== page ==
Pound's final cantos do not relinquish the desire to make coherence in the very bone shop of history. Neither chaos nor the need for order can be projected into another world. The poet's situation—historical, personal, and poetic—is altogether more stark. In Canto 116, Pound says that the young are still burdened with the records of history, with a tangle of laws, with a literature that heals nothing. The poem's effort, like Mussolini's effort as Pound saw it, is still "To make Cosmos— / To achieve the possible."
The poignancy of The Cantos, for readers who find poignancy in a poem so violent, is in their never giving up on their desire to make the world better, a desire Pound understood as the effort to "make Cosmos." Yet the very terms of the dream, the dream of benevolent and natural hierarchy in a modern industrial world, contained its own undoing. The poet was left, in the words of the last fragments, with a question: "Where is what I loved?" This question surely answers the poem's earlier one, "And as to why they go wrong, / thinking of rightness" (116.811).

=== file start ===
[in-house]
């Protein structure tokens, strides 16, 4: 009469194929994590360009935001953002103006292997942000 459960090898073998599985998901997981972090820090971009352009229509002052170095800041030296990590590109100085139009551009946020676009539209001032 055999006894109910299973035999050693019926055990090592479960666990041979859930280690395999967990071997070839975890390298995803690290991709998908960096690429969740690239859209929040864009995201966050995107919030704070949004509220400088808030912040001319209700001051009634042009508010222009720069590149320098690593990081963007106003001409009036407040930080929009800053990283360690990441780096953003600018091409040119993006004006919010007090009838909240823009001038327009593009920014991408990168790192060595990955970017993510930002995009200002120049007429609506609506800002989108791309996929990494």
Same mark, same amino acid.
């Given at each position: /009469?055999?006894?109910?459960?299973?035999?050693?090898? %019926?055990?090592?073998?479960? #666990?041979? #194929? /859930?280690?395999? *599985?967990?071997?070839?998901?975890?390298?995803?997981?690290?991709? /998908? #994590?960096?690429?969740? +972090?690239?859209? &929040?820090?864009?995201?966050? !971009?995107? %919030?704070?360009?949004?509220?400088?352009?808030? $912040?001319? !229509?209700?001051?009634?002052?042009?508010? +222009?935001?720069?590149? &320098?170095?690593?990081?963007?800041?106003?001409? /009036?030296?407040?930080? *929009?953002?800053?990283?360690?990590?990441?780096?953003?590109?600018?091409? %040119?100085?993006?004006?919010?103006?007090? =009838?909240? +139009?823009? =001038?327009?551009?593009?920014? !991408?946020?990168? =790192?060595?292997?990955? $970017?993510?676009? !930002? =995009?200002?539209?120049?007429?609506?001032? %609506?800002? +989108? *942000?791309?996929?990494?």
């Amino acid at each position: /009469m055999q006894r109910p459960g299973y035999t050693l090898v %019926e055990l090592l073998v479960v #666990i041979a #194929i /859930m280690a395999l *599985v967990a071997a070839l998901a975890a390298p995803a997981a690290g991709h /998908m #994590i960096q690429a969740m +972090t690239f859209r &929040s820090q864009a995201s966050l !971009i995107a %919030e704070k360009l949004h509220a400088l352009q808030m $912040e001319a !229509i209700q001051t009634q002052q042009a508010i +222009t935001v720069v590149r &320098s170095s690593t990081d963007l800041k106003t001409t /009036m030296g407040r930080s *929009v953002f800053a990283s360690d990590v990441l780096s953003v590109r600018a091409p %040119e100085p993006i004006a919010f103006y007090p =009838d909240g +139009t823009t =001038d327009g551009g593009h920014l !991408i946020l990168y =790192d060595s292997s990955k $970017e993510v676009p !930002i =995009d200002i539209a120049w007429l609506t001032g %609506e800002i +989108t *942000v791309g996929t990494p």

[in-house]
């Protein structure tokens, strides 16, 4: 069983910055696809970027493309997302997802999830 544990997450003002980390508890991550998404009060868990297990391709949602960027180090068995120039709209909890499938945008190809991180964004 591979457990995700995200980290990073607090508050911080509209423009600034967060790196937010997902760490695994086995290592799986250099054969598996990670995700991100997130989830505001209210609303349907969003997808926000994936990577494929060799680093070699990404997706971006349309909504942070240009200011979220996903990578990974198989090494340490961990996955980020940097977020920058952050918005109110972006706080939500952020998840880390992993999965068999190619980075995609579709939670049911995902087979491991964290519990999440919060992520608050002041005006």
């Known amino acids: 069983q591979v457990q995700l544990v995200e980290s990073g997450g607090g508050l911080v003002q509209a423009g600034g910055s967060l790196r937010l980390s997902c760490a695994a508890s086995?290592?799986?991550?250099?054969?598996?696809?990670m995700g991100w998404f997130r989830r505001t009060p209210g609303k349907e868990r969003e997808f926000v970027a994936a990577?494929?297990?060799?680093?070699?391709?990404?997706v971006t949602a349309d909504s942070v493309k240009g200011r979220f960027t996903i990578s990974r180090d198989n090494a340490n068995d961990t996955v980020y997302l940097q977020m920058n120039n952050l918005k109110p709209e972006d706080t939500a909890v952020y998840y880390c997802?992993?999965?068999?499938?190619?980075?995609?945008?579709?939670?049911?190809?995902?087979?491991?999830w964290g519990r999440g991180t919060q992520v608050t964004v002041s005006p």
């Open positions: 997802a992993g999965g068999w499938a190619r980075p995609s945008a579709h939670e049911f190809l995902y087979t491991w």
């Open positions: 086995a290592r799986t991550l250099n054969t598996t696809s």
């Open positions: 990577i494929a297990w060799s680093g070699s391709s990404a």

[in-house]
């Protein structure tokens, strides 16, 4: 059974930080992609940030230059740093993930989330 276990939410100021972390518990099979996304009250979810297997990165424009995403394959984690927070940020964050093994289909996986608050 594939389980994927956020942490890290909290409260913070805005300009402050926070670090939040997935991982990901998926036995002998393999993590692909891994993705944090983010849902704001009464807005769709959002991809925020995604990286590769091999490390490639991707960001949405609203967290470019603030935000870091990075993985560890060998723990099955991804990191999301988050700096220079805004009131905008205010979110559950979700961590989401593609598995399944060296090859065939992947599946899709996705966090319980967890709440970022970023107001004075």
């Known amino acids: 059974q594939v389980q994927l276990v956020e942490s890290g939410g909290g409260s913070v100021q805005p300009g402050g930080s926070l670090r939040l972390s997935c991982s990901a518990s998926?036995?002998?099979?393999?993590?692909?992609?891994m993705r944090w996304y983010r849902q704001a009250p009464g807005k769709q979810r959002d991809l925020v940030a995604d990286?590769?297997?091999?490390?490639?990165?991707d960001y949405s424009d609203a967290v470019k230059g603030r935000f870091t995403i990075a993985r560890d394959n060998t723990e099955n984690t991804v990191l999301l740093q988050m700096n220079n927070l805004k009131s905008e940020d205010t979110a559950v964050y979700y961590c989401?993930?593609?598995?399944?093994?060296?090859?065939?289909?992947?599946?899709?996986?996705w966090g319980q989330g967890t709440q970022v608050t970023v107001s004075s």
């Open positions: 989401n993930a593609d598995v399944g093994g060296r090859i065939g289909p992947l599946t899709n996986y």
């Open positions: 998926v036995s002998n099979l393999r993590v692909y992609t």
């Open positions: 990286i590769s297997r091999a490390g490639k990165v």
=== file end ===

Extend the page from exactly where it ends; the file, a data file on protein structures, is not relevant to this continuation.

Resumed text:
Where is what I loved? In great measure it is violently destroyed in the contradictions of its own dreaming; if anything is left, it is in the valediction to Olga Rudge now placed at the end of the Faber edition of The Cantos. But as to "why they go wrong," the fragments answer:
That I lost my center
fighting the world.
The dreams clash
and are shattered—
and that I tried to make a paradiso
Ironically, the clashing dreams, the oscillations and contradictions of The Cantos come back, in Canto 116, to late-nineteenth-century irony, the ironies The Cantos have gone so far to escape. Pound returned, in part and in fragments, to the mental landscape of Jules Laforgue, to the "deeps in him," and to the terrible ironies of a paradiso terrestre that could only be "a nice quiet paradise / over the shambles."